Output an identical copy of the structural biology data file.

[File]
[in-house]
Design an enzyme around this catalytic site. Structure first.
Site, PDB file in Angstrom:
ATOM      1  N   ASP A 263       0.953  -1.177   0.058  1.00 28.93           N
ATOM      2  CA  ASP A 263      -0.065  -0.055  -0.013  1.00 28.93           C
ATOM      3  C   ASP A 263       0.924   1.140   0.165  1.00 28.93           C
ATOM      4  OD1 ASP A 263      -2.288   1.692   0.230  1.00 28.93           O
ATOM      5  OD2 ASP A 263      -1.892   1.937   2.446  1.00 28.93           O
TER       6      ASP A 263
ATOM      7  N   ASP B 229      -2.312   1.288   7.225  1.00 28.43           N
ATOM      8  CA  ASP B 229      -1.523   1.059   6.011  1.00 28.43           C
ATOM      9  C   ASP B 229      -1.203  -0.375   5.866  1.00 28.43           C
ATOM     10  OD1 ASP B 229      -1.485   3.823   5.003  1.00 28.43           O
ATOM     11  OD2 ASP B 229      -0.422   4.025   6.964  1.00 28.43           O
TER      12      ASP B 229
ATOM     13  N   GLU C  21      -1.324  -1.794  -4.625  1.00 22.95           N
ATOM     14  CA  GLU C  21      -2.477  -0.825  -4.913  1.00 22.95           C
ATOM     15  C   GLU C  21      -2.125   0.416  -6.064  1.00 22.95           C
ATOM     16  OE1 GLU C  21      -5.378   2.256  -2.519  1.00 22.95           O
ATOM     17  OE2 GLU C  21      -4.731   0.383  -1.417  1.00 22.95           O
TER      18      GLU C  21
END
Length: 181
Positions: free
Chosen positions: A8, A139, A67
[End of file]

[in-house]
Design an enzyme around this catalytic site. Structure first.
Site, PDB file in Angstrom:
ATOM      1  N   ASP A 263       0.953  -1.177   0.058  1.00 28.93           N
ATOM      2  CA  ASP A 263      -0.065  -0.055  -0.013  1.00 28.93           C
ATOM      3  C   ASP A 263       0.924   1.140   0.165  1.00 28.93           C
ATOM      4  OD1 ASP A 263      -2.288   1.692   0.230  1.00 28.93           O
ATOM      5  OD2 ASP A 263      -1.892   1.937   2.446  1.00 28.93           O
TER       6      ASP A 263
ATOM      7  N   ASP B 229      -2.312   1.288   7.225  1.00 28.43           N
ATOM      8  CA  ASP B 229      -1.523   1.059   6.011  1.00 28.43           C
ATOM      9  C   ASP B 229      -1.203  -0.375   5.866  1.00 28.43           C
ATOM     10  OD1 ASP B 229      -1.485   3.823   5.003  1.00 28.43           O
ATOM     11  OD2 ASP B 229      -0.422   4.025   6.964  1.00 28.43           O
TER      12      ASP B 229
ATOM     13  N   GLU C  21      -1.324  -1.794  -4.625  1.00 22.95           N
ATOM     14  CA  GLU C  21      -2.477  -0.825  -4.913  1.00 22.95           C
ATOM     15  C   GLU C  21      -2.125   0.416  -6.064  1.00 22.95           C
ATOM     16  OE1 GLU C  21      -5.378   2.256  -2.519  1.00 22.95           O
ATOM     17  OE2 GLU C  21      -4.731   0.383  -1.417  1.00 22.95           O
TER      18      GLU C  21
END
Length: 181
Positions: free
Chosen positions: A8, A139, A67